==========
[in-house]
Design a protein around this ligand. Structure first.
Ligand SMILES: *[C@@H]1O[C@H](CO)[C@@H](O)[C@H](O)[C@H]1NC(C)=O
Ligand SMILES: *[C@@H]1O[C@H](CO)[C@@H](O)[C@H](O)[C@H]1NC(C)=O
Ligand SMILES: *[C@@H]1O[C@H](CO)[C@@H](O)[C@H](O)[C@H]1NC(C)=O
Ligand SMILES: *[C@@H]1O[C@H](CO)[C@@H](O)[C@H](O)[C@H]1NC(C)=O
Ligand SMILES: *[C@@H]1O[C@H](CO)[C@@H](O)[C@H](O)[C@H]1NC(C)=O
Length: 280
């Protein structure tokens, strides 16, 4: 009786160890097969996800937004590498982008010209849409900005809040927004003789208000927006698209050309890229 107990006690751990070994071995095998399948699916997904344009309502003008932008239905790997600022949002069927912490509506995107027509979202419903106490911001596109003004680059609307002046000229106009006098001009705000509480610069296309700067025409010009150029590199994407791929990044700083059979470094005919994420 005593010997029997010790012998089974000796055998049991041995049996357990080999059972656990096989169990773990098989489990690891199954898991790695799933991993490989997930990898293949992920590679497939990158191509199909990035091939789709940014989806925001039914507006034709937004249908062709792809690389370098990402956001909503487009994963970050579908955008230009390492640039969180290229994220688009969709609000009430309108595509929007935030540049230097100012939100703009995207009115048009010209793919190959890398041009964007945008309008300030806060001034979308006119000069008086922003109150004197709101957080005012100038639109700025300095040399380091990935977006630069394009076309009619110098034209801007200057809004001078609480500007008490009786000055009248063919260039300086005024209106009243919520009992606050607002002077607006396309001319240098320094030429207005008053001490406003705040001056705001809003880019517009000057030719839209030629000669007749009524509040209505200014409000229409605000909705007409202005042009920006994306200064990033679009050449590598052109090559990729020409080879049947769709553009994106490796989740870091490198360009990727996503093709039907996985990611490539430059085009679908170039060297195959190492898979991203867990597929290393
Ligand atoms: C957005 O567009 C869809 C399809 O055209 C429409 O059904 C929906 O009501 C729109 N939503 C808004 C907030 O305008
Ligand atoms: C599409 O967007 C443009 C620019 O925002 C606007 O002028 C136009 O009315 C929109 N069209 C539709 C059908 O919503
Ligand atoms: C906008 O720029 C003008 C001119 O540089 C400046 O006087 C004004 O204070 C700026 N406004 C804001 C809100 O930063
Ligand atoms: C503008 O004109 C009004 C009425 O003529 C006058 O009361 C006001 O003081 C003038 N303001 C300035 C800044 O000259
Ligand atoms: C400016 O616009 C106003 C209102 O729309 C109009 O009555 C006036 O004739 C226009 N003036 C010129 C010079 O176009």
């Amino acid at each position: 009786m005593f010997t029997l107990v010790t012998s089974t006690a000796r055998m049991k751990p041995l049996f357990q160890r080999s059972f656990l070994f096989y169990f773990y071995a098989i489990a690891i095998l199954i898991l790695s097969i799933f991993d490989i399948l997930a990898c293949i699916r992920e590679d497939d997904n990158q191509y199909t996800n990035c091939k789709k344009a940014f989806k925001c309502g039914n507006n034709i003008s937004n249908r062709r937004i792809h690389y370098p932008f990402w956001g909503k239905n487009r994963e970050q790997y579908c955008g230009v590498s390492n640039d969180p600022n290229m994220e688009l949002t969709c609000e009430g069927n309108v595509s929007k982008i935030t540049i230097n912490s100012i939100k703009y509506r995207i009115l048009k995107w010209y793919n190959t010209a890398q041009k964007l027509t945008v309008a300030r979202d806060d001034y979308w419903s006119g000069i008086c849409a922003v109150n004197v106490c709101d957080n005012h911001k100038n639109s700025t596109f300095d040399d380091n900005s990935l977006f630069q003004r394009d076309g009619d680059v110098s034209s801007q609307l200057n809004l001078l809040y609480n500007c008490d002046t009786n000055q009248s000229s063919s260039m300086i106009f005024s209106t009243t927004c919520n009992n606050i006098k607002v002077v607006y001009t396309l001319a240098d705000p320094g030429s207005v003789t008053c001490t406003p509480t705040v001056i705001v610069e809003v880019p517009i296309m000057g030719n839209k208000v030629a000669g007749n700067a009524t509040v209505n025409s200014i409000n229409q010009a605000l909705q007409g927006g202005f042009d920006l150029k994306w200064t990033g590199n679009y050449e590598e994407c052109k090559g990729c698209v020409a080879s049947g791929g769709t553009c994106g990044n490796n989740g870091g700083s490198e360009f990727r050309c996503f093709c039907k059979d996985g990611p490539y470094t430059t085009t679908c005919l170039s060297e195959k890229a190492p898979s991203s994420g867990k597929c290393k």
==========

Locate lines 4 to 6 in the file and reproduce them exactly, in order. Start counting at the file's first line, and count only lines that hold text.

Ligand SMILES: *[C@@H]1O[C@H](CO)[C@@H](O)[C@H](O)[C@H]1NC(C)=O
Ligand SMILES: *[C@@H]1O[C@H](CO)[C@@H](O)[C@H](O)[C@H]1NC(C)=O
Ligand SMILES: *[C@@H]1O[C@H](CO)[C@@H](O)[C@H](O)[C@H]1NC(C)=O